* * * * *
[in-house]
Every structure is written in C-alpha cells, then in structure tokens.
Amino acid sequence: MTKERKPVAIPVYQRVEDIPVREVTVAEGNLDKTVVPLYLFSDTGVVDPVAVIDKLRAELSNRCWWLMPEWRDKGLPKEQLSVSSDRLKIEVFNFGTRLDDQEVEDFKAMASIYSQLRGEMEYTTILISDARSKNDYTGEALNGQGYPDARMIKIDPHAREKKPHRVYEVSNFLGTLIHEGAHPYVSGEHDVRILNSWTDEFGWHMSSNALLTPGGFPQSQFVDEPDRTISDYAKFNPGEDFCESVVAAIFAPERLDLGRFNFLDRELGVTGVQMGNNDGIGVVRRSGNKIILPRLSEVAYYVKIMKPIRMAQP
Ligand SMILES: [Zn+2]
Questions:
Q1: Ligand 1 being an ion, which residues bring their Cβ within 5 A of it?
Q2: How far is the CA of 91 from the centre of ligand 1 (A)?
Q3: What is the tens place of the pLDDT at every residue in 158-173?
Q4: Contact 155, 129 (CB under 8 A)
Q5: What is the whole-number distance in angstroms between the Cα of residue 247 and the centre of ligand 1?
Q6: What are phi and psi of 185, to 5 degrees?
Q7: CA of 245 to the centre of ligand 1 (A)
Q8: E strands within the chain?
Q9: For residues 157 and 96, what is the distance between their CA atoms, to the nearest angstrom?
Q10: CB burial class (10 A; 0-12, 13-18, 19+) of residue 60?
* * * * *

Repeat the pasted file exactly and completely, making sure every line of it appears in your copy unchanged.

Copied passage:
[in-house]
Every structure is written in C-alpha cells, then in structure tokens.
Amino acid sequence: MTKERKPVAIPVYQRVEDIPVREVTVAEGNLDKTVVPLYLFSDTGVVDPVAVIDKLRAELSNRCWWLMPEWRDKGLPKEQLSVSSDRLKIEVFNFGTRLDDQEVEDFKAMASIYSQLRGEMEYTTILISDARSKNDYTGEALNGQGYPDARMIKIDPHAREKKPHRVYEVSNFLGTLIHEGAHPYVSGEHDVRILNSWTDEFGWHMSSNALLTPGGFPQSQFVDEPDRTISDYAKFNPGEDFCESVVAAIFAPERLDLGRFNFLDRELGVTGVQMGNNDGIGVVRRSGNKIILPRLSEVAYYVKIMKPIRMAQP
Ligand SMILES: [Zn+2]
Questions:
Q1: Ligand 1 being an ion, which residues bring their Cβ within 5 A of it?
Q2: How far is the CA of 91 from the centre of ligand 1 (A)?
Q3: What is the tens place of the pLDDT at every residue in 158-173?
Q4: Contact 155, 129 (CB under 8 A)
Q5: What is the whole-number distance in angstroms between the Cα of residue 247 and the centre of ligand 1?
Q6: What are phi and psi of 185, to 5 degrees?
Q7: CA of 245 to the centre of ligand 1 (A)
Q8: E strands within the chain?
Q9: For residues 157 and 96, what is the distance between their CA atoms, to the nearest angstrom?
Q10: CB burial class (10 A; 0-12, 13-18, 19+) of residue 60?